The price of U.S. crude oil notched its biggest one-day jump on record Thursday, climbing nearly 24%. With the gain, oil recouped nearly all its losses from the day before. Traders likely bid up oil prices following published reports saying the U.S. may intervene in an oil price war between Saudi Arabia and Russia that's helped knock oil prices into a steep skid this month.

Still, the market will likely remain volatile until investors see more economic data that shows just how badly the outbreak is hurting the economy.

“They're doing what they can, and I'm not sure what else they can do,” said Sal Bruno, chief investment officer at IndexIQ.

The Dow rose 188 points, or 1%, to 20,087. It had been down as much as 721 points earlier and as high as 543. The Nasdaq, which is dominated by tech giants such as Apple, gained 2.3%.

The S&P 500, which drives movements for most 401(k) accounts more than other indexes, is down roughly 29% since its record exactly a month ago and close to its lowest point since late 2018.

Major indexes started the day lower, then rose before and during a late morning news conference led by President Donald Trump to give updates on the outbreak. The gains were mostly gone in early afternoon trading as the indexes turned mixed. The indexes snapped back into the green by mid-afternoon, however.

European stocks swung from gains to losses and back to gains. Asian markets dropped following the brutal 5.1% loss for U.S. stocks the prior day.

Ultimately, investors say they need to see the number of new infections stop accelerating for the market’s extreme volatility to ease.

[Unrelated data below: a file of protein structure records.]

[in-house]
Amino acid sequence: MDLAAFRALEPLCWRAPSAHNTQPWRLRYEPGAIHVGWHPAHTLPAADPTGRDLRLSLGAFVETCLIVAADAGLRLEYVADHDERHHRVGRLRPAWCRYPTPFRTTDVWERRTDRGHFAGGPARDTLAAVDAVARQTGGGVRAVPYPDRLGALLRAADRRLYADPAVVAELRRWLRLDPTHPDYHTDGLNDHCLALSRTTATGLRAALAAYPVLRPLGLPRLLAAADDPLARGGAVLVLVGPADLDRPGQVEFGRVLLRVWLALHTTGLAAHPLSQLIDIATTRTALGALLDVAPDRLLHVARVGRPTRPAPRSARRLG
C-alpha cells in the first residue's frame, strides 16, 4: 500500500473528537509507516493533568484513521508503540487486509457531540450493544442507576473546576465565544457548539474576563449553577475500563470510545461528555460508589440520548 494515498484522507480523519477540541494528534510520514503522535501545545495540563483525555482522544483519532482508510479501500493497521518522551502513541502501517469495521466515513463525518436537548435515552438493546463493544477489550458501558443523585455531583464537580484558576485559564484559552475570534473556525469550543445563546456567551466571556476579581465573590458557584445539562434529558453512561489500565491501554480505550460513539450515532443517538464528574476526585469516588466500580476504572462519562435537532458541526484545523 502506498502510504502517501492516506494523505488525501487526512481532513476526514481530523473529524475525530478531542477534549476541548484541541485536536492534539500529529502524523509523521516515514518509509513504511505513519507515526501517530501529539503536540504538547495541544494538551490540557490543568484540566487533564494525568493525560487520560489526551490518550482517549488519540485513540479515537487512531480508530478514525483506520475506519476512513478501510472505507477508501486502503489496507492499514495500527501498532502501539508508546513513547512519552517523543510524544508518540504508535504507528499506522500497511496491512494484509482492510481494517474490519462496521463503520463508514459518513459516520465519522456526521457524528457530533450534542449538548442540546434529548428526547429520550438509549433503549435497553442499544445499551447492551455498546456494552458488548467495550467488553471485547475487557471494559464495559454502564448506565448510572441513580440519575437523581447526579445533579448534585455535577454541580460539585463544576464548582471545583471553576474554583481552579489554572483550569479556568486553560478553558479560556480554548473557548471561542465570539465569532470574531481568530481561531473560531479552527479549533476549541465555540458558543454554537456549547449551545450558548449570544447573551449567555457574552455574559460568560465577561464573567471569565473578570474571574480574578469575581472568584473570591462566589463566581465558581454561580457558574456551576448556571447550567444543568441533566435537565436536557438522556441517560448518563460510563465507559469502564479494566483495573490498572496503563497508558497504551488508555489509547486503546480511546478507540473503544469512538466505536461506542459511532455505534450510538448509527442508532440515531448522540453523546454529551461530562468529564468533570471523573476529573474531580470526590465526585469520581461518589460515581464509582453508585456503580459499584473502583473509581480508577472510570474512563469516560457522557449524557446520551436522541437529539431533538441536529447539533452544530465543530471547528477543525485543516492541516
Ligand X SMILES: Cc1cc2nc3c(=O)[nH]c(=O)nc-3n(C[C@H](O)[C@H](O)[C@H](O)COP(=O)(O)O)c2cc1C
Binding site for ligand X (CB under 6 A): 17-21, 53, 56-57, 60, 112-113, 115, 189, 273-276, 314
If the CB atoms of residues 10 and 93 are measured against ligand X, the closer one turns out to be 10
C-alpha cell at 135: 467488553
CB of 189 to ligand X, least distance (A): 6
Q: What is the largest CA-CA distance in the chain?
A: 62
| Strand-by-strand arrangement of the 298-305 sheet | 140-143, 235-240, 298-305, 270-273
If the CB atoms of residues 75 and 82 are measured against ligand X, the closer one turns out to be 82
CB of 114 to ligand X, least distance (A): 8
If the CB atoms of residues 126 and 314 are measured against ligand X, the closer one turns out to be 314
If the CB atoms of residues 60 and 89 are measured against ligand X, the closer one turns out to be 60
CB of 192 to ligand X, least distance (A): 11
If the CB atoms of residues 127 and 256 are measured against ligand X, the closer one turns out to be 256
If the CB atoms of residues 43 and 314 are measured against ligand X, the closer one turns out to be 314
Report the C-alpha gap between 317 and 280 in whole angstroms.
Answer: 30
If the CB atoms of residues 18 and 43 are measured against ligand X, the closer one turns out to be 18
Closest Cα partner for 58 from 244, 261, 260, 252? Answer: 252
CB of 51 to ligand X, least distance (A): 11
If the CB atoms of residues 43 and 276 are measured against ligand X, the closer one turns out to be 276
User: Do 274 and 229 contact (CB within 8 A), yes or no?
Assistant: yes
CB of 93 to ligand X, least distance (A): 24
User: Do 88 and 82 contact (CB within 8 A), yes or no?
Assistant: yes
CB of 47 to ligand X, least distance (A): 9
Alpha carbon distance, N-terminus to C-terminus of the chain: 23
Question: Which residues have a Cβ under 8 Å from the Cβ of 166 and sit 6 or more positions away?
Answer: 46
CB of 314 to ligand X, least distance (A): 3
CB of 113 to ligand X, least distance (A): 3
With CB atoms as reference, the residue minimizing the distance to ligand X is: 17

The total number of known infections has topped 220,000 worldwide, including nearly 85,000 people who had recovered. The death toll has crept toward 10,000.

For most people, the coronavirus causes only mild or moderate symptoms, such as fever and cough, and those with mild illness recover in about two weeks. Severe illness including pneumonia can occur, especially in the elderly and people with existing health problems, and recovery could take six weeks in such cases.

Until the number of new cases peak, investors will struggle with uncertainty about how much to pay for a stock, bond or commodity when they don't know how long the economic downturn will last. Many economists expect a sharp drop in the economy, but they disagree on how long it will take to bounce back.

The hope is that all the emergency actions by central banks and spending by governments can provide support for the economy in the meantime and soften the blow. The Trump administration has pitched lawmakers on a program that could flood $1 trillion into the economy, including checks sent directly to households.

The New York Stock Exchange said late Wednesday that it will temporarily close its trading floor and moving to all-electronic trading beginning Monday after two employees tested positive for coronavirus. The exchange has also started medically screening all personnel who enter the building. Much stock trading has gone electronic in recent years, and there are far fewer floor brokers than there used to be.